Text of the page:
You are browsing the archive for uk.

The cost of academic publishing

- April 24, 2014 in Comment, cost, Open Access, publishing, Russell Group, uk

UPDATE 28 April 2014: Imperial have released their subscription data - £1,340,213. This takes the Russell Group to a total of £15.7 million in subscription fees to Elsevier alone with data related to four universities still outstanding.   What could the UK academic community do with £14.5 million? That is the same as the yearly tuition fees for over 1600 undergraduates paying £9,000 fees. And that is what just 19 Universities in the UK are spending in total during a single year on journal subscriptions to a single publisher.   The act of publishing research has an intrinsic cost, and I don’t know anyone who claims otherwise. However, the key questions we as an academic community should be asking is how much this publishing process costs, and if we are receiving value for money. But we can’t answer these questions. Because we don’t know how much academic publishing costs. Historically, the costs of scientific research publication have been covered through subscriptions to academic journals in which the research has been published. Alternative business models are beginning to develop, but the majority of research around the world is still published in journals to which subscriptions are required. Individual academics are largely protected from the costs of access to these journals. Libraries at universities are largely responsible for managing institution wide access to journals, and through JISC negotiate these subscription costs. And then libraries are not allowed to tell anyone what these costs are. Libraries are placed under huge amounts of pressure not to release this data, and in the case of Elsevier, they are explicitly forbidden to by non-disclosure agreements in the contracts they have to sign. Today, Tim Gowers has released data showing that 19 Russell Group Universities alone spend over £14.4 million (excluding VAT) on subscriptions to journals published by Elsevier alone. Without a doubt you should read his blog post which has far more detail and background; but the headline figures are:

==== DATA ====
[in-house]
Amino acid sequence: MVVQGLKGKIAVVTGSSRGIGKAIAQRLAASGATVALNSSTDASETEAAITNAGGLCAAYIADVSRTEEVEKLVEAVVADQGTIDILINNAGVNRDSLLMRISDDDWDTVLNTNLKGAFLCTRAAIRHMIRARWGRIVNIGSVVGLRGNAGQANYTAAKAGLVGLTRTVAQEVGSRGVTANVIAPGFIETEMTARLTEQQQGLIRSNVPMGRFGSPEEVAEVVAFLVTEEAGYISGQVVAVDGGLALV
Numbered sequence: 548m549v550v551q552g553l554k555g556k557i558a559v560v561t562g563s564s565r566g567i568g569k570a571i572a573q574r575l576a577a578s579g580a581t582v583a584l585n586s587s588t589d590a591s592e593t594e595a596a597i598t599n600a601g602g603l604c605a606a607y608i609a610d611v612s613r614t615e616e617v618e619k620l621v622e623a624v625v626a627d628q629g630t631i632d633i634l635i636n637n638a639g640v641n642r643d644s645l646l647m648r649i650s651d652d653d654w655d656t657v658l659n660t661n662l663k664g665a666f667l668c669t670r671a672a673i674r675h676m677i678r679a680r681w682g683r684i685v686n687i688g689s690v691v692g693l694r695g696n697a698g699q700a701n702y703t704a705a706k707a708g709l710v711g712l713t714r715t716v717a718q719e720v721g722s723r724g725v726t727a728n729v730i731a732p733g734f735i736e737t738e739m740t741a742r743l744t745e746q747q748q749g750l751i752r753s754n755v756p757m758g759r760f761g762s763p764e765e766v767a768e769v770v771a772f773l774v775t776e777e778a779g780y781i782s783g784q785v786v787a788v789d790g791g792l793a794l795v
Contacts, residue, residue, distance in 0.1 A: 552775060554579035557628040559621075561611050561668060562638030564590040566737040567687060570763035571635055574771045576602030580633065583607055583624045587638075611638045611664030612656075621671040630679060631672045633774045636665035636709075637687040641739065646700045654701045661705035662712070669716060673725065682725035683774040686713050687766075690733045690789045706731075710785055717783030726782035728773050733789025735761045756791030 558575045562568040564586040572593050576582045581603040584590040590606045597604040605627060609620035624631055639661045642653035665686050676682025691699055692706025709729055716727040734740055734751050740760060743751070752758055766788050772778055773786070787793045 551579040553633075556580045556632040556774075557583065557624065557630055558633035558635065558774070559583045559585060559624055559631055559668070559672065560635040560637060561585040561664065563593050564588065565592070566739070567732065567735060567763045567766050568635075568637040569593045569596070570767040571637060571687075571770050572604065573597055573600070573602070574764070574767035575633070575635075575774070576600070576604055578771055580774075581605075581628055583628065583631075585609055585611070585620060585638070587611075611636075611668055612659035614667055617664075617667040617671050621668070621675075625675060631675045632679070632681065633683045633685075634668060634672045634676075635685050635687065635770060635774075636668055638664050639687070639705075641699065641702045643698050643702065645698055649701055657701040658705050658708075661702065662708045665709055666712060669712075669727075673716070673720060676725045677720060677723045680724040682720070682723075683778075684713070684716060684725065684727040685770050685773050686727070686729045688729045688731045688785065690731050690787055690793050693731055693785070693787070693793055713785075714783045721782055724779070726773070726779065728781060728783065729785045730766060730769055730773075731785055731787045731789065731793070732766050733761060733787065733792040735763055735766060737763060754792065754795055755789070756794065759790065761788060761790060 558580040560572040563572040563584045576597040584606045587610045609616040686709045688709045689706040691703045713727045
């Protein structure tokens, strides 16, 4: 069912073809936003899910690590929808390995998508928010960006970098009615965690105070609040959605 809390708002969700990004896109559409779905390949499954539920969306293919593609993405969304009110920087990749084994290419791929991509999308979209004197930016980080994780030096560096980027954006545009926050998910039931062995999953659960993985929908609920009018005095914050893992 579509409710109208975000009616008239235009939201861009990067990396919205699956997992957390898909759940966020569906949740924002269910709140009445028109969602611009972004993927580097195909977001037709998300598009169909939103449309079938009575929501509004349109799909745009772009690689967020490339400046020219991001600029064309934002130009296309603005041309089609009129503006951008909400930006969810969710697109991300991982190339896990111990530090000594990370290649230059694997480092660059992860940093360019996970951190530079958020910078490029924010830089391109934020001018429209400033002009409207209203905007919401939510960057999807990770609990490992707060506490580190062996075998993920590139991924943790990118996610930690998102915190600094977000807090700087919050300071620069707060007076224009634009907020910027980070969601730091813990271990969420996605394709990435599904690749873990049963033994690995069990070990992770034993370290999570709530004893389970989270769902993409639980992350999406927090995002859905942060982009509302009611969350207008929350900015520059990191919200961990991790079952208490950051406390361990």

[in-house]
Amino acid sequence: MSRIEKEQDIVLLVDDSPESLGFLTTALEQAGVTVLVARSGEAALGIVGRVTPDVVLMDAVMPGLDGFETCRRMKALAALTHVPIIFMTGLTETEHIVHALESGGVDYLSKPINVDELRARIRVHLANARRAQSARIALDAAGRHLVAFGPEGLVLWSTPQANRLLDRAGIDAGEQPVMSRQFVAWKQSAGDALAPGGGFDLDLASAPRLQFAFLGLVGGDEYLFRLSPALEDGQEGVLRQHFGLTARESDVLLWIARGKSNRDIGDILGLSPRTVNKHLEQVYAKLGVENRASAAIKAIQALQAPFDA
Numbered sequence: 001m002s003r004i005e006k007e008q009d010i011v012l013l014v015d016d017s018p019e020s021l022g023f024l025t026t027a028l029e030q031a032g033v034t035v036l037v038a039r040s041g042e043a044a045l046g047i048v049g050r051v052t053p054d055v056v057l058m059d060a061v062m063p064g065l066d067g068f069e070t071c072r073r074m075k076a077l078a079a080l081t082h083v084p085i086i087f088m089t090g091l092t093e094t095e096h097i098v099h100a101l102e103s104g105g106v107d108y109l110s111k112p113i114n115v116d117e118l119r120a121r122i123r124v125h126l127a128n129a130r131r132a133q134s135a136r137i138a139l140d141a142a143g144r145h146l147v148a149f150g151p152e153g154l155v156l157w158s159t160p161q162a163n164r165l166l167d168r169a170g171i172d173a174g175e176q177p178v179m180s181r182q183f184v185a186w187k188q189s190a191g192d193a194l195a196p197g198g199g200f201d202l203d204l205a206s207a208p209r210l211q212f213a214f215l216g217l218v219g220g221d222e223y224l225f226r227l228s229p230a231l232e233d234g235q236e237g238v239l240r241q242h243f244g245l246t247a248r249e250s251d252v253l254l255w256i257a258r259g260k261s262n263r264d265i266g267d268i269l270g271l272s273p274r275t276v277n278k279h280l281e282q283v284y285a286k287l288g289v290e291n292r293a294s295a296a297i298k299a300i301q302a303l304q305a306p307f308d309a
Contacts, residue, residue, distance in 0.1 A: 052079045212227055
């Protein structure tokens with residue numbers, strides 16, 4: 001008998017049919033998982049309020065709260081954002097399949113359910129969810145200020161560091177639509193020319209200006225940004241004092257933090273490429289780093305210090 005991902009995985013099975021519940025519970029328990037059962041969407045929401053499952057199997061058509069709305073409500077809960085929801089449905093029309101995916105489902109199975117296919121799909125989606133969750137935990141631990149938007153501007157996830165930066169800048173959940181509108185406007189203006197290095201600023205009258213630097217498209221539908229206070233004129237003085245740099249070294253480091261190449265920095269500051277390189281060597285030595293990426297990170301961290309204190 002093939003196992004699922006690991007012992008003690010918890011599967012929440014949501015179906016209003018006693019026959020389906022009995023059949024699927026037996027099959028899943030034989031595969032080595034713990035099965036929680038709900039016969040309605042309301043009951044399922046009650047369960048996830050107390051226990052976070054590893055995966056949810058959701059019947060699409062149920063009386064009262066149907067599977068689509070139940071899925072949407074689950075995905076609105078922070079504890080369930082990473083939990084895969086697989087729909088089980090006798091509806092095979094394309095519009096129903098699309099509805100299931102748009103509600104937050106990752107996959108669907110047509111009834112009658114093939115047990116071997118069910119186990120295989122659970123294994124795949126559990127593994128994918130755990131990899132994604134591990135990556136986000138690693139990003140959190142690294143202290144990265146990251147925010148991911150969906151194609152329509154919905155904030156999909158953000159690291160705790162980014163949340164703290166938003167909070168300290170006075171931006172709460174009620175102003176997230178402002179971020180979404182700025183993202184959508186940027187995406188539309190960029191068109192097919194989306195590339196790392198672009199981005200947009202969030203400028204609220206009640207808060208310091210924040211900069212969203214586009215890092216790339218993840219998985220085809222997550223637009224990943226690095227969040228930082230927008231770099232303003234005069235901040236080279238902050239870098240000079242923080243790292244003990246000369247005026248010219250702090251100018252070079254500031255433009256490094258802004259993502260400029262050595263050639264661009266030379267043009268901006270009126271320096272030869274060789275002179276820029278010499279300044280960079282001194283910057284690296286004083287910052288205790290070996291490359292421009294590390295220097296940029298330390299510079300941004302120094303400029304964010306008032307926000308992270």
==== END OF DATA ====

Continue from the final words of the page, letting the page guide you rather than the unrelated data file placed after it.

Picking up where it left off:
University

Cost

Birmingham

£764,553

Bristol

£808,840

Cambridge

£1,161,571

Cardiff

£720,533

*Durham

£461,020

**Edinburgh

£845,000

*Exeter

£234,126

Glasgow

£686,104

King’s College London

£655,054

Leeds

£847,429

London School of Economics

Not released data

Liverpool

£659,796

Manchester

£1,257,407

Nottingham

Not released data

Newcastle

£974,930

Oxford

Not released data

Queen Mary University of London

Not released data

Queen’s Universty Belfast

£584,020

Sheffield

£562,277

Southampton

£766,616

UCL

£1,381,380

Warwick

£631,851

*York

£400,445